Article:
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Meet Clemencia Spizzirri

Posted July 10, 2013 in Community Featured, Des Moines West

Growing up in Ecuador, education was a privilege, says Clemencia Spizzirri. And it was one she was fortunate enough to receive.

Clemencia Spizzirri teaches the first two levels of Spanish at Merrill Middle School.

Clemencia Spizzirri teaches the first two levels of Spanish at Merrill Middle School.

That experience, along with a passion for teaching that began as a young girl “playing school” with her older brother, led Spizzirri to want to give back to the community. Instead of going to law school, she became a teacher and taught in Ecuador for 10 years.

She came to the United States in 2003, eventually moving to Iowa. Spizzirri has taught at Merrill Middle School in Des Moines for the past four years and teaches the first two levels of Spanish.

“I really love my profession,” Spizzirri says. “I think we can change so many lives. And it’s so amazing how even a small act of kindness can impact a child’s life. It can change their perspective of how they value education.”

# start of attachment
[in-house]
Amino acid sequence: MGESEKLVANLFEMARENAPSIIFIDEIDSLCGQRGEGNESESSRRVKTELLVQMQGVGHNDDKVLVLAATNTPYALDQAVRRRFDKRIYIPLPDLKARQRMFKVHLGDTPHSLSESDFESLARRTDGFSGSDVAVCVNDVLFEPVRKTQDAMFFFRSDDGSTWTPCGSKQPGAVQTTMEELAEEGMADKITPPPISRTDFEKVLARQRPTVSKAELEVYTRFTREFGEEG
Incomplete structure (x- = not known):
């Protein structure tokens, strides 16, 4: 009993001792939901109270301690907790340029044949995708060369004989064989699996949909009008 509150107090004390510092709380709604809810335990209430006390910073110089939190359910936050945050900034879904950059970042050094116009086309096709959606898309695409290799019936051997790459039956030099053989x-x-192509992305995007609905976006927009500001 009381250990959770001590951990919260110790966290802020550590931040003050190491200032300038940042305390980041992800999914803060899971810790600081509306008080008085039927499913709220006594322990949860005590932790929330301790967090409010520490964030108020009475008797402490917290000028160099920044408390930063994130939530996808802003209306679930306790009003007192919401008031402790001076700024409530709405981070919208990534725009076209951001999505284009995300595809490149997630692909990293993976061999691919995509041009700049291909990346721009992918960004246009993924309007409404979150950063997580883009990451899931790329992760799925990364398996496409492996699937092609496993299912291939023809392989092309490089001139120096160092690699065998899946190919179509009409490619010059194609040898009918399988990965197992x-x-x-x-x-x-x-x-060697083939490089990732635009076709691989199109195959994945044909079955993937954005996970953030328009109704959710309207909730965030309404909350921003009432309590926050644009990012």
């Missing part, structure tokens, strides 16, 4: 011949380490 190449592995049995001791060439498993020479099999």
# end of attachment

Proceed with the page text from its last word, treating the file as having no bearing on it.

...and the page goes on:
Spizzirri was working on her master’s at Drake University when she visited Merrill during her practicum. She was impressed with “everything.”

“It was wonderful,” Spizzirri says.

When she learned there was an opening for a Spanish teacher, she jumped at the opportunity.

“I teach here because I love urban schools,” Spizzirri says. “I think they’re great because of the diversity and also because I really put my heart in Merrill.”

Foreign language is a requirement for students at Merrill, an International Baccalaureate (IB) school, Spizzirri says. Part of the mission of the IB, a nonprofit educational foundation, is to promote international understanding and respect, according to the group’s website.

Her approach to teaching is for students to learn the language “naturally,” before delving into the technical aspects, Spizzirri explains. The process begins with learning vocabulary words, then vocabulary exercises and describing things they do in their everyday routines.

Rather than focusing on drills or textbook work, it’s about “language in real context,” Spizzirri says.

“I think what’s really important is to love the language and live the language,” she says. “I really believe that learning Spanish is fun.”





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